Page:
which I suppose is an expression.

Miraculously, in the limit as $n \to \infty$, we have

$$\binom{n}{2k} \frac{1}{n^{2k}} \to \frac{1}{(2k)!}, \quad \left(1 - \frac{(\theta/n)^2}{2}\right)^{n - 2k} \to 1, \quad \left(1 - \frac{(\theta/n)^2}{4}\right)^k \to 1,$$

so the $k$th term converges to simply


After checking some details about exchanging the sum with the limit, we get back the power series we know and love.

$$\cos \theta = \sum_{k = 1}^\infty \frac{(-1)^k}{(2k)!}\theta^{2k}.$$

We can get $\sin \theta$ from the imaginary part in a similar way.

  • $\begingroup$ This is very nice! Thanks for your reply. But you are using the result $\arg(wz) = \arg w + \arg z$ in your complex number multiplication reasoning right? Does this not implicitly rely on the idea of $\cos$ and $\sin$ already in its proof? Or is there a way to establish it separately? $\endgroup$ – Luke Collins Jan 11 '19 at 12:01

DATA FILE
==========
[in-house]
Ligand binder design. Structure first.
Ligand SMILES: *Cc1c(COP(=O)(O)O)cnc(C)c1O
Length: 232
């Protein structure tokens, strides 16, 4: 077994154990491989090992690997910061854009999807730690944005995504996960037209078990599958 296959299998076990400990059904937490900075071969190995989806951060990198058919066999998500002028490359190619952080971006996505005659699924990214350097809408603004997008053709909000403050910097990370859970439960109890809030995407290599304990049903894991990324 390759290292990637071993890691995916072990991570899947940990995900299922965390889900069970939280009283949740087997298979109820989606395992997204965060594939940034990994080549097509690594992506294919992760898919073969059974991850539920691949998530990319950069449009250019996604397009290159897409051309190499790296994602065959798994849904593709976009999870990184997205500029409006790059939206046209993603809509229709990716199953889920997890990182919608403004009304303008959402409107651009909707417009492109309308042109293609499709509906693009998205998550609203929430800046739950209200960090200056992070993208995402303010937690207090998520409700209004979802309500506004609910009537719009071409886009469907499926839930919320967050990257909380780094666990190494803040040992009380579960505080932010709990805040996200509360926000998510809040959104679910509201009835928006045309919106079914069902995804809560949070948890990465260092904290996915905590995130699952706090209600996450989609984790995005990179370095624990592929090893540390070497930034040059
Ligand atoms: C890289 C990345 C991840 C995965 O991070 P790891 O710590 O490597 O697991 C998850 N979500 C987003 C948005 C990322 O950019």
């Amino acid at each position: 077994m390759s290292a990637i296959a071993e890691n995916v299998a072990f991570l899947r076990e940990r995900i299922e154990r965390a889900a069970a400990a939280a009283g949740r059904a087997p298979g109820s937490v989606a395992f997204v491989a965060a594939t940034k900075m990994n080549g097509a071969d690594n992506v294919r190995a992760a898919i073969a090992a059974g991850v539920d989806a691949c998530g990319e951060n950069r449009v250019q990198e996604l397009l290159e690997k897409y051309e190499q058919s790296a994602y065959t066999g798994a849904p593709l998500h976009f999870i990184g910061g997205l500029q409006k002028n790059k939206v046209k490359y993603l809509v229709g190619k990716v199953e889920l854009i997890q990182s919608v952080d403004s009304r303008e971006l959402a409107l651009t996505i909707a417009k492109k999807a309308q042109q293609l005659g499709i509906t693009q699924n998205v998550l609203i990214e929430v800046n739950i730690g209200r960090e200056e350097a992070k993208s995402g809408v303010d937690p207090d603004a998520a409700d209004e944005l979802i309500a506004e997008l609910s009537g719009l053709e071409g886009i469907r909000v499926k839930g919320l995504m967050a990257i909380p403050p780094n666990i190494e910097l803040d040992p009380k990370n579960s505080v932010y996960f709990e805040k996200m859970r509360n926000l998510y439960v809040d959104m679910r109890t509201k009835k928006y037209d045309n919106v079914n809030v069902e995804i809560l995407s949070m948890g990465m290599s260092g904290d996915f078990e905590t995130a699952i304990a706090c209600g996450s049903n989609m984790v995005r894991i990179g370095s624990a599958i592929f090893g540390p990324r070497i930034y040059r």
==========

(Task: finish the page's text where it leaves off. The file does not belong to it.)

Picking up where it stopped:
• $\begingroup$ @LukeCollins We don’t need trigonometric functions to talk about rotation in the complex plane. But rather than chasing a long trail of definitions to convince yourself of that, perhaps you’ll find it more straightforward to show $x_{k + 1} + iy_{k + 1} = (x_k + iy_k)(x_1 + iy_1)$ directly: the similarity (and by induction, congruence) of triangles $(0, 0)$–$(1, 0)$–$(x_1, y_1)$ and $(0, 0)$–$(x_k, y_k)$–$(x_kx_1 - y_ky_1, x_ky_1 + x_1y_k)$ can be seen just by computing all the side lengths with the Pythagorean theorem. $\endgroup$ – Anders Kaseorg Jan 11 '19 at 12:51

Let $\alpha_n$ be the central angle of the first trangle in the $n$-th iteration.

It is an isosceles triangle with base length $\frac{\theta}n$ and leg length $1$. Hence $\alpha_n$ is given by the equation $$\sin\frac{\alpha_n}2 = \frac{\theta}{2n}$$ or $\alpha_n = 2\arcsin\left(\frac{\theta}{2n}\right)$.

The coordinates of the last ($n$-th) point are then $$(\cos (n\alpha_n), \sin (n\alpha_n)) = \left(\cos\left(2n\arcsin\left(\frac{\theta}{2n}\right)\right), \sin\left(2n\arcsin\left(\frac{\theta}{2n}\right)\right)\right) \xrightarrow{n\to\infty} (\cos\theta, \sin\theta)$$

because of the limit $\lim_{t\to 0} \frac{\arcsin t}t = 1$ and the continuity of $\sin$ and $\cos$.

This shows that your last constructed point indeed converges to $(\cos\theta, \sin\theta)$. It doesn't give an algebraic expression for the coordinates, though.